The researchers analyzed the data collected from the Rush Memory and Aging Project, a study with around 1,000 participants aged 65 and up and were followed up until their death. At this point, the deceased participant’s brains were donated for research.
Results of the data analysis showed that elderly people and those with Alzheimer’s disease show a substantial decline of brain cells called ventrolateral preoptic neurons. This loss is also associated with sleep problems.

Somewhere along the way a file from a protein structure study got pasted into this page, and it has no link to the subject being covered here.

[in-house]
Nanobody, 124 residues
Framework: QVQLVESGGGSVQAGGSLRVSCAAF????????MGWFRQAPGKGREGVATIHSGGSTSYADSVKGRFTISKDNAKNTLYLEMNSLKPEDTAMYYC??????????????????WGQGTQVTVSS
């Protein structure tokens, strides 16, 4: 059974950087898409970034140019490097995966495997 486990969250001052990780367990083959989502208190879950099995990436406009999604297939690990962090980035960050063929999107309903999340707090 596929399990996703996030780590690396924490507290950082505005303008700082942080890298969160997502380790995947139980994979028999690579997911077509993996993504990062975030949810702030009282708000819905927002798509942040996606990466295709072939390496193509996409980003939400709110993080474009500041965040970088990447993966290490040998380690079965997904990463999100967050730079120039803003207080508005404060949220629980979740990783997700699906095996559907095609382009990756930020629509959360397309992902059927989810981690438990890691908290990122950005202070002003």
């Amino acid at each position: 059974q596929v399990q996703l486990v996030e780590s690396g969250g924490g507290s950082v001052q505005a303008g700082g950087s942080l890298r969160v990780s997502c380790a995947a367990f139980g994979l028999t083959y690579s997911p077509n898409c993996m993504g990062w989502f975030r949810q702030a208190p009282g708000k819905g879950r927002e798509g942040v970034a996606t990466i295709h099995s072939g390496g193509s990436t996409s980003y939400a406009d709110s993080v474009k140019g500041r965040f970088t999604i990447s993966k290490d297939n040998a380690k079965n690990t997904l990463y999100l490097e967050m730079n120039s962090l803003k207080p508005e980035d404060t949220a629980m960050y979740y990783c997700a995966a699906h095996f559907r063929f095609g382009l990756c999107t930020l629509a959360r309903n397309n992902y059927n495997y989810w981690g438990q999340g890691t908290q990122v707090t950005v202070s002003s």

Sleep loss is associated with a host of other health problems, including issues with memory and cognitive ability. It is also linked with increased blood pressure, type 2 diabetes and vascular disease risk. Researchers say that the loss of the said neurons may be a contributing factor to these various disorders as people age.
According to Dr. Clifford Saper, chairman of neurology at Beth Israel Deaconess Medical Center in Boston, “These findings provide the first evidence that the ventrolateral preoptic nucleus in humans probably plays a key role in causing sleep, and functions in a similar way to other species that have been studied.”
The researchers add that the loss of these neurons may be a reason why the elderly experience increased sleep disruptions as they age.
Source: Everyday Health